It is late in the day of a hot summer evening that she asks him to babysit her pretentious, edgy, fifteen-year-old child. For some unfathomable reason there she stands, arms akimbo, blue eyes piercing through the dark round veil of his retailed sunglasses and skin blanched white by the sun’s beating glow that almost reflects off the beads of sweat on her shoulder.
She is near impossible to look at - she, his sister, the bane of his existence. A mortal being bound by the constraints of human time and the impossible logic of love. He sighs, sipping at his drink. It tastes like orange marmalade.
“She’s not pretentious.” She spits, and with slow realisation it hits him that he spoke the words out loud and loudly too. He looks down at his watch: it’s nearly six, yet out of the corner of his eye he spies the solid white circle of the unforgiving sun hovering between two soaring skyscrapers. It rests in the slit like a hawk’s eye, watching him and his pathetic umbrella under the scattered shade of an old tree attempt to evade the sun's rays. He’s beaten it again - he’s beaten it 365 days a year, a hundred years in his lifetime - and manages a childish smirk (which gets him no response) before his sister once again snaps her fingers and directs his attention to her unwavering gaze.
“Kieran Oculus.” She glares again, words sharp and shrill, and he cringes inwardly at the way her mouth uncomfortably curves around the syllables. It’s absolutely disgusting. Oculus. Where in the world does that even originate from?
“For god's sake, Miranda.” Kieran coughs. “My first name alone is terrifying in its own right. We don’t need to address the absolute atrocity of our surname too.”
She ignores him. “I need you to take care of her.”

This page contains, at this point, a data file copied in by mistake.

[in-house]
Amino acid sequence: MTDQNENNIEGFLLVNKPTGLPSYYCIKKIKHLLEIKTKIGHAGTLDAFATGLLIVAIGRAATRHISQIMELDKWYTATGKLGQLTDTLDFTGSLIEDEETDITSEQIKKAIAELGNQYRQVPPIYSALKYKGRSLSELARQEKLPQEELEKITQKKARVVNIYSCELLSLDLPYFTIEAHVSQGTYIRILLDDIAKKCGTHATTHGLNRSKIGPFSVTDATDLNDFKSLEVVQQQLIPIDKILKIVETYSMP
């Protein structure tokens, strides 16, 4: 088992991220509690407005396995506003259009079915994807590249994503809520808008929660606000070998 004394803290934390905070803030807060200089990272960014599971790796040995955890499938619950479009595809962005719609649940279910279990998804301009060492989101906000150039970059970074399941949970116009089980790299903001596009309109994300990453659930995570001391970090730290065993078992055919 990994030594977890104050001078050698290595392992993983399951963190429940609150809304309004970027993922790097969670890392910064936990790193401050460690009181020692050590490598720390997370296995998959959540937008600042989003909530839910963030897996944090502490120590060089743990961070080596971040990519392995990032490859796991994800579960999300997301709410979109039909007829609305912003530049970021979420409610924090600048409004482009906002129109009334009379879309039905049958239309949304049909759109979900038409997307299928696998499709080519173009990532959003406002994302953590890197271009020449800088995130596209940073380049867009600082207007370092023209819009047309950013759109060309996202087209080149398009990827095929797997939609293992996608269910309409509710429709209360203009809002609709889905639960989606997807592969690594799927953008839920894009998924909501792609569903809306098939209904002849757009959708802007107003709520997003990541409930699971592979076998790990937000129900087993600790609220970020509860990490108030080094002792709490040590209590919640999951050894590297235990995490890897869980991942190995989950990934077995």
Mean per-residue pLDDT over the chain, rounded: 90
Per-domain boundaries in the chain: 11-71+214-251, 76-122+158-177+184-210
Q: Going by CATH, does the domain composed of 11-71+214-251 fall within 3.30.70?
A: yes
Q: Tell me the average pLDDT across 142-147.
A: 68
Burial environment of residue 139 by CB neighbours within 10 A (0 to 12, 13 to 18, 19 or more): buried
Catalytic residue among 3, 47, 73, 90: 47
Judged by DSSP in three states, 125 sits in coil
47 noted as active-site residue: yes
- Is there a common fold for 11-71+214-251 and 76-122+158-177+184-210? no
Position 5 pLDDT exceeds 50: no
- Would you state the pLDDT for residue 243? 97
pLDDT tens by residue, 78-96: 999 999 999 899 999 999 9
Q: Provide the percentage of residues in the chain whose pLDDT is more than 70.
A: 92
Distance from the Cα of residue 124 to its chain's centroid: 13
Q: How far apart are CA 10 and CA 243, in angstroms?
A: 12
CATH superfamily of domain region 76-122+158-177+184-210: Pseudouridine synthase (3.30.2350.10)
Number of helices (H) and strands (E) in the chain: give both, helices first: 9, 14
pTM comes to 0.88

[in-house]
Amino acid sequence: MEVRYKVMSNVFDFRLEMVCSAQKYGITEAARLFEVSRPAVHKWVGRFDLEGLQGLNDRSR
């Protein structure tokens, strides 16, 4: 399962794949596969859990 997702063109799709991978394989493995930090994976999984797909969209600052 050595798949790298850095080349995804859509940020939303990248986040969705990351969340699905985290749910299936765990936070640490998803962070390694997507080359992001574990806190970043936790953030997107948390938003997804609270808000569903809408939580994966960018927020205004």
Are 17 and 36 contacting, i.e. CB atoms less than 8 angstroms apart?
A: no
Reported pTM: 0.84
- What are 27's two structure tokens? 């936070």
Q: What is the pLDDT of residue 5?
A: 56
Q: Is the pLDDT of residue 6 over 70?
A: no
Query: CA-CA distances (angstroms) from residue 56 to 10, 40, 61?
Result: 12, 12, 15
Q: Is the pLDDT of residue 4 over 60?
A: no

“Your foetus?” Miranda strikes her leg against the tree and the bark splits between her wedged toes. Kieran is suddenly reminded that she is his sister, they share the same bloodline, and she could potentially punch a hole through his neck that he wouldn't be able to survive. Spiting her stops being a good idea.
“My daughter,” She hisses. “And I love you, Kieran, which is why I trust you to love her too while I’m gone. And possibly after I’m dead and buried like a proper human being.”
That’s the thing about interspecies marriage, he supposes. The horrifying truth about possibly having your children outlive you by centuries only really hits home once the pregnancy’s happened, and by then you’re too busy dealing with a distraught father and an exhausted mother and a gurgling pile of filth wrapped in a little blue blanket.
Kieran looks past his sister to the car behind them, within it a figure hunched over her phone that lights up her face with a soft white glow. She looks like their mother, he supposes, and a little like Miranda too: with the piercing blue eyes and the soft hair, and the cute snub nose often upturned with displeasure when presented another pile of heavy paperwork. As he stares she looks up suddenly, they meet with awkward eye contact, and she looks down again with a twisted expression on her face that he can only begin to think of as the face of a girl who can’t believe she’s going to spend two weeks with her ‘Dangerous Uncle’ while her mother leaves her for hour-long board meetings and awkward customer greetings instead.
“Did you really tell her I was dangerous?” He asks.
“Well,” Miranda bites her lip. “I told her not to interfere with your work at all costs, and she took it as a sign that you murdered people for a living.”
He frowns. “My god. She’s right on the nose.”
“Exactly.” She drags a hand through her hair - stressed, he thinks, understandably stressed - and suddenly the day is turned blue and bleak; the sun has disappeared over the horizon and night creeps in behind him with a spill of stars beginning to illuminate the sky instead. He drops the umbrella with a sigh of relief, rolling his tense shoulders and sore arm, before it folds into a sharp and pointed stick under his arm. The day is still undeniably hot and the humidity chokes him in his leather jacket and grey slacks, but he cheers victory against the sun’s life-threatening rays which, by now, are long gone.